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4 Ways to Reduce Financial Stress

Used 99 4 Ways to Reduce Financial Stress

When it comes to the causes of stress in our everyday lives, none seem to be as constant as personal finances. Our finances can be, and often are, a great source of stress for many Americans. Whether you are struggling with some form of debt, trying to figure out how to send your children to college or saving up to buy a house, there are any number of reasons to feel stressed over your finances.

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Stress can be a hindrance not only to improving the financial situation causing it, but to your health in general. Reducing stress and taking action to create the financial future you deserve is the best way to an overall healthier and happier life. Here are four ways to reduce financial stress.

Change Your Outlook

Studies show that people living in America’s poorest communities, don’t save not because they couldn’t, but because they believed they couldn’t. Thus, it was not their actual reality that was the problem, but the outlook. Changing one’s attitude or perspective can be extremely difficult, but it is possible with time and practice.

Make daily gratitude lists or visualize yourself as free of financial stress. These things may seem insignificant, but they can go a long way in changing your attitude. And that can put you in the mindset to take action where your finances are concerned.

Set Goals

I am a big believer in goal setting, especially when it comes to finances. Think of some realistic goals you can come up with that would help you reduce stress. For example, would having an emergency savings reduce stress? Would paying down that debt you have been carrying reduce stress? If so, then your goals should be to have a certain amount saved or have this particular debt paid off.

Remember, goals should be measurable and definitive. Your goal should not be “I would like to save $2,000 or pay off my credit card debt” but “I would like to have X amount saved by the end of this year” or “I would like to pay off this credit card debt within the next 6 months.” Setting a time period on your goal helps to make it more real.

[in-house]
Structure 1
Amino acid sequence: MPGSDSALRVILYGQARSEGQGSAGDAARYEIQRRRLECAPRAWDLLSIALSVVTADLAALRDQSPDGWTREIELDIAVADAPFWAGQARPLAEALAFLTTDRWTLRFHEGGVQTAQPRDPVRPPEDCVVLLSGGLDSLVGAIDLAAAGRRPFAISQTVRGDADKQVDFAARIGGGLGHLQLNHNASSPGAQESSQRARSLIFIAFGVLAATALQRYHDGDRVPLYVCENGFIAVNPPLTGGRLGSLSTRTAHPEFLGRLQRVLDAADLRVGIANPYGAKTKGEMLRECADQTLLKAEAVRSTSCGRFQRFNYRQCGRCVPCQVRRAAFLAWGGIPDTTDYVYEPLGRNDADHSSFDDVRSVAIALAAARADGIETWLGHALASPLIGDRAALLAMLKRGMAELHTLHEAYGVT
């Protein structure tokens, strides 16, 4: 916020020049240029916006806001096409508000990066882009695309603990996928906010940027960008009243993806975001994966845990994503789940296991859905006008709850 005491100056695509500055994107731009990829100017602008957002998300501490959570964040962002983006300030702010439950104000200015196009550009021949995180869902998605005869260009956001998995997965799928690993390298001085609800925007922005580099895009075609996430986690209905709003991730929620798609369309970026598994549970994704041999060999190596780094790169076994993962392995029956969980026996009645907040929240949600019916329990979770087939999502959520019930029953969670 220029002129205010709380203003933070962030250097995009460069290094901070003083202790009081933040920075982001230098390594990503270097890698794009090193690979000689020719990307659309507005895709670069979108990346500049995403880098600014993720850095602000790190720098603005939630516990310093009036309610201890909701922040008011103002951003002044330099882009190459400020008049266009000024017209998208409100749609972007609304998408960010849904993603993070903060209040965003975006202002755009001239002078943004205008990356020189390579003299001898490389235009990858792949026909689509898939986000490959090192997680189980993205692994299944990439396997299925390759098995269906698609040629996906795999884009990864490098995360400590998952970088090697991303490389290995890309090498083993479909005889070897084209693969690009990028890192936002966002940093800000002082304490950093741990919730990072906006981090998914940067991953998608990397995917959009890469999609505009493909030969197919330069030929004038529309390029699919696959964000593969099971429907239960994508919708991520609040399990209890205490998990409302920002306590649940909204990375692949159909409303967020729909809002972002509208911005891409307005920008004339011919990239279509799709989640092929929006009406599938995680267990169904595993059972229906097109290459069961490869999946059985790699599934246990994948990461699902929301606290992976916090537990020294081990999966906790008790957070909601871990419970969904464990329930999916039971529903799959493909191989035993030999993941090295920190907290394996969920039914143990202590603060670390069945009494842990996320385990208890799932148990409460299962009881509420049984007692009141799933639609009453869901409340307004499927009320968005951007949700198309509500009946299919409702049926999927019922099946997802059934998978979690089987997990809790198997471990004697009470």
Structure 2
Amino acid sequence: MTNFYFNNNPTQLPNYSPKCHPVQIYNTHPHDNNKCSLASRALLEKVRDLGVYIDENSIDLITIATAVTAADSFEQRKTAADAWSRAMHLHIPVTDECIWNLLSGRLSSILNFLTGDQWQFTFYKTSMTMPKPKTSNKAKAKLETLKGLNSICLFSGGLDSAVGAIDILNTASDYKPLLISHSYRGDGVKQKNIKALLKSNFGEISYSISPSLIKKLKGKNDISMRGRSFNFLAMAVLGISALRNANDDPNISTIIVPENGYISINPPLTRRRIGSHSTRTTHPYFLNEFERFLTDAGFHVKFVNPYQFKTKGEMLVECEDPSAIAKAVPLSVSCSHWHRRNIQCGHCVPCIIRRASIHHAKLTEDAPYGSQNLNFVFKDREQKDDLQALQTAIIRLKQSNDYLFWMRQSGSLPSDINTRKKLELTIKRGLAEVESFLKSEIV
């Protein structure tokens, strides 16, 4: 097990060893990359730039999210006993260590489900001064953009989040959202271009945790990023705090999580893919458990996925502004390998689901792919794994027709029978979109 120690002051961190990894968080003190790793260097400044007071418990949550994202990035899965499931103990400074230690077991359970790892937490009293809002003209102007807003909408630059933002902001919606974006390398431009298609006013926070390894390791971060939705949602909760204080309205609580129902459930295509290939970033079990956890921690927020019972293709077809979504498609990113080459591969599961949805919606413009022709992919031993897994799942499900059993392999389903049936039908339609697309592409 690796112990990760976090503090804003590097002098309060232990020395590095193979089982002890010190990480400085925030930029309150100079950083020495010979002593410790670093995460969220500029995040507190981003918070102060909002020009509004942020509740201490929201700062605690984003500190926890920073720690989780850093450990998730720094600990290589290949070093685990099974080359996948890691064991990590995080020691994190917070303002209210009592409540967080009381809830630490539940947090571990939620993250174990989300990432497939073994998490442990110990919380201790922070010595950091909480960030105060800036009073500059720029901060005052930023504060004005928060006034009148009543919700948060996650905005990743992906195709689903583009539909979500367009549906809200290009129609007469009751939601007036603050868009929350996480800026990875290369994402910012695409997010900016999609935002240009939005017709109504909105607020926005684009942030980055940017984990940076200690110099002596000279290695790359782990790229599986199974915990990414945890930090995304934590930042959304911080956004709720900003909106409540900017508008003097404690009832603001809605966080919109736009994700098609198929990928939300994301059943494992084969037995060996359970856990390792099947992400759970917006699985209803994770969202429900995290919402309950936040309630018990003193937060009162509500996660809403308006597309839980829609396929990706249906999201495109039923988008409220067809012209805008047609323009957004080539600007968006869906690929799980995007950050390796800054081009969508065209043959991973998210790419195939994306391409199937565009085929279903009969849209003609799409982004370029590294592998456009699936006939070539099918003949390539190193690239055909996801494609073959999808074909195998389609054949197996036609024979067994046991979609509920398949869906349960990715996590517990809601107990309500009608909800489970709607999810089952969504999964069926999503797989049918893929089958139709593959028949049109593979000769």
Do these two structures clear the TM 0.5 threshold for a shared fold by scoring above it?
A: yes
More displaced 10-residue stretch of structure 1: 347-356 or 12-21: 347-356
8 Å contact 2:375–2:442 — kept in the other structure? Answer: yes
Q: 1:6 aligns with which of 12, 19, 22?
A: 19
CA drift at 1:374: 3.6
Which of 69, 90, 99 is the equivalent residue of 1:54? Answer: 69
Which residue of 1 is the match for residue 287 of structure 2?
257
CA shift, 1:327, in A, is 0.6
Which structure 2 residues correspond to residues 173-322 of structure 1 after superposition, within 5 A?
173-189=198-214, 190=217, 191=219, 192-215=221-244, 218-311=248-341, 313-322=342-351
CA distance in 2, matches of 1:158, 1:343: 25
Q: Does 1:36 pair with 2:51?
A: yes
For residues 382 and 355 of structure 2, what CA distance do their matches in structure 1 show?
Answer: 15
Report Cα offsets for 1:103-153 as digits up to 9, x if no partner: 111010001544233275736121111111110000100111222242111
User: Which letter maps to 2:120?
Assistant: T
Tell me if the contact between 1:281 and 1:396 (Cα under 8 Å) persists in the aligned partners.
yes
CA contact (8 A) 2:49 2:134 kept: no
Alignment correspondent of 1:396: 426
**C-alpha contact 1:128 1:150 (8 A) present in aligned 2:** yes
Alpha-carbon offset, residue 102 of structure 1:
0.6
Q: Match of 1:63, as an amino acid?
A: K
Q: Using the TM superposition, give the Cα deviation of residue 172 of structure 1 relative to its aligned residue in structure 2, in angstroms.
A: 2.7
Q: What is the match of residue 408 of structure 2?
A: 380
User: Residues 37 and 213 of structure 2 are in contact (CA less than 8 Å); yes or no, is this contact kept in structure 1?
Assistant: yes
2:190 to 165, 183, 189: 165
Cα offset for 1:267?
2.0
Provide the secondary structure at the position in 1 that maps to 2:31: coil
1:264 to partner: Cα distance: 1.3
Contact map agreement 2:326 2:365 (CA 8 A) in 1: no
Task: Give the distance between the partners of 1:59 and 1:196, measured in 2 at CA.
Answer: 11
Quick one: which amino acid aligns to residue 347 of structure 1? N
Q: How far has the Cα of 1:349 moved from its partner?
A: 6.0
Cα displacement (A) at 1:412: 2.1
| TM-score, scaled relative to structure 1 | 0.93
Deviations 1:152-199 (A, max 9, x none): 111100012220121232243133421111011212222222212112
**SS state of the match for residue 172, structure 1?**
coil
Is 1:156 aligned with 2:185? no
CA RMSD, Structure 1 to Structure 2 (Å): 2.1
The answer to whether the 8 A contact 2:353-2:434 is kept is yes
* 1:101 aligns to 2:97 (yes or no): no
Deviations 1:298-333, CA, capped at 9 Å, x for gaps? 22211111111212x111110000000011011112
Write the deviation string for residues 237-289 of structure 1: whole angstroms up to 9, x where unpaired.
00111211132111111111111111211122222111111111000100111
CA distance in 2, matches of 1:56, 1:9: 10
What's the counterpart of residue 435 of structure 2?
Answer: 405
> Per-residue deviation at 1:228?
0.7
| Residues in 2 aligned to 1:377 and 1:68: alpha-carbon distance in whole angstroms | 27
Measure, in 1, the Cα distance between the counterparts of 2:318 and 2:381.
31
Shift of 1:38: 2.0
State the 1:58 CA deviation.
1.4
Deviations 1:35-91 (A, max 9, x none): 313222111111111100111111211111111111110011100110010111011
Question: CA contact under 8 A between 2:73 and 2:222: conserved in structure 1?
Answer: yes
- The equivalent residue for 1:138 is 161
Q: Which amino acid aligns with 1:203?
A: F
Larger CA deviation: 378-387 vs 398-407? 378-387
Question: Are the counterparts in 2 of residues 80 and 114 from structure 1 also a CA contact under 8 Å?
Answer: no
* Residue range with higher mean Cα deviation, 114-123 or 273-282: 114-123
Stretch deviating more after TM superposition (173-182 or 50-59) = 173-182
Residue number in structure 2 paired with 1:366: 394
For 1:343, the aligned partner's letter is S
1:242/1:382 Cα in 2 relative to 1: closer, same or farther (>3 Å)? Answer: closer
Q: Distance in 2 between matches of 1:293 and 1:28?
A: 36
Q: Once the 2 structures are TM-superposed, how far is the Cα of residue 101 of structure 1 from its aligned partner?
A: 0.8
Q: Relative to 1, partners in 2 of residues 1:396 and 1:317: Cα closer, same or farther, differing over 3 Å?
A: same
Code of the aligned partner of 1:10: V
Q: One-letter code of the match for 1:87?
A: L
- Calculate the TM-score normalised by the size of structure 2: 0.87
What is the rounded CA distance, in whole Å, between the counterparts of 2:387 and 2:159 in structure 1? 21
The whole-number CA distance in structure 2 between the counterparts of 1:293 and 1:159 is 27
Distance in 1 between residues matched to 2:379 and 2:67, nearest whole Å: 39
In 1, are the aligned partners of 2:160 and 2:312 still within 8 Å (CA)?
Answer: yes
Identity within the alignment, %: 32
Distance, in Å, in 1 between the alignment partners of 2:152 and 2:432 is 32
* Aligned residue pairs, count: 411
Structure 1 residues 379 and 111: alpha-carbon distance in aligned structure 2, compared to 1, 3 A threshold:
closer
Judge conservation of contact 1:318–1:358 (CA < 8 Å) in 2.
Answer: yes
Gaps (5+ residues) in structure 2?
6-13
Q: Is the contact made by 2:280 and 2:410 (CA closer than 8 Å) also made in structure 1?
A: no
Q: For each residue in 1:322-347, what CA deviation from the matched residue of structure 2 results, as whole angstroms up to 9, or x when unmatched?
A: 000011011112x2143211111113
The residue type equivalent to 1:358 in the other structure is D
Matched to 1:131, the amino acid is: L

Ask For Help

Your personal finances do not come with a learning manual. Many of us learned how to handle our finances by being thrown into the deep end all on our own. Luckily, you do not have to do it alone anymore.

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You can seek out the counsel of a financial advisor or some other professional with experience in personal finance to help you on your road to reducing financial stress. If you cannot find or simply cannot afford this type of help, look around your city or town for workshops on personal finance to help you get started.

Also, if you have a friend or family member, whom you know is responsible with his or her own finances, you may want to turn to them for help. They can offer simple advice on finances or even just be an ear to listen to you while you vent out your frustrations. Alienating yourself in your financial stress is one of the worst things you can do.

Create a Budget

This may sound simple but creating a budget is important to giving yourself a feeling of control. The hardest part about budgeting is actually sticking to it. This is why the previous tips are necessary to understand prior to creating your budget.

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Changing your attitude and setting your goals can help eliminate the feeling of sacrifice that may come along with sticking to a budget. Having an advisor or someone you can talk to about finances will help when you have questions or concerns. When budgeting it is important to work within the confines of your income to meet your financial goals.

Many studies have revealed the link between finances and stress. Stress can become such a problem that it actually prevents us from getting out of our own way and taking charge of our finances. The above tips are helpful in turning our mindset around and taking the necessary steps to improve our financial situation, reducing financial stress.

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About Tiffany Patterson

Tiffany has a BA in Political Science from Temple University and an MBA from La Salle University Business School with a concentration in finance. She believes how we treat our finances can have a lasting impact on our lives for years to come. Tiffany loves researching and writing on topics that will help readers lead better lives.

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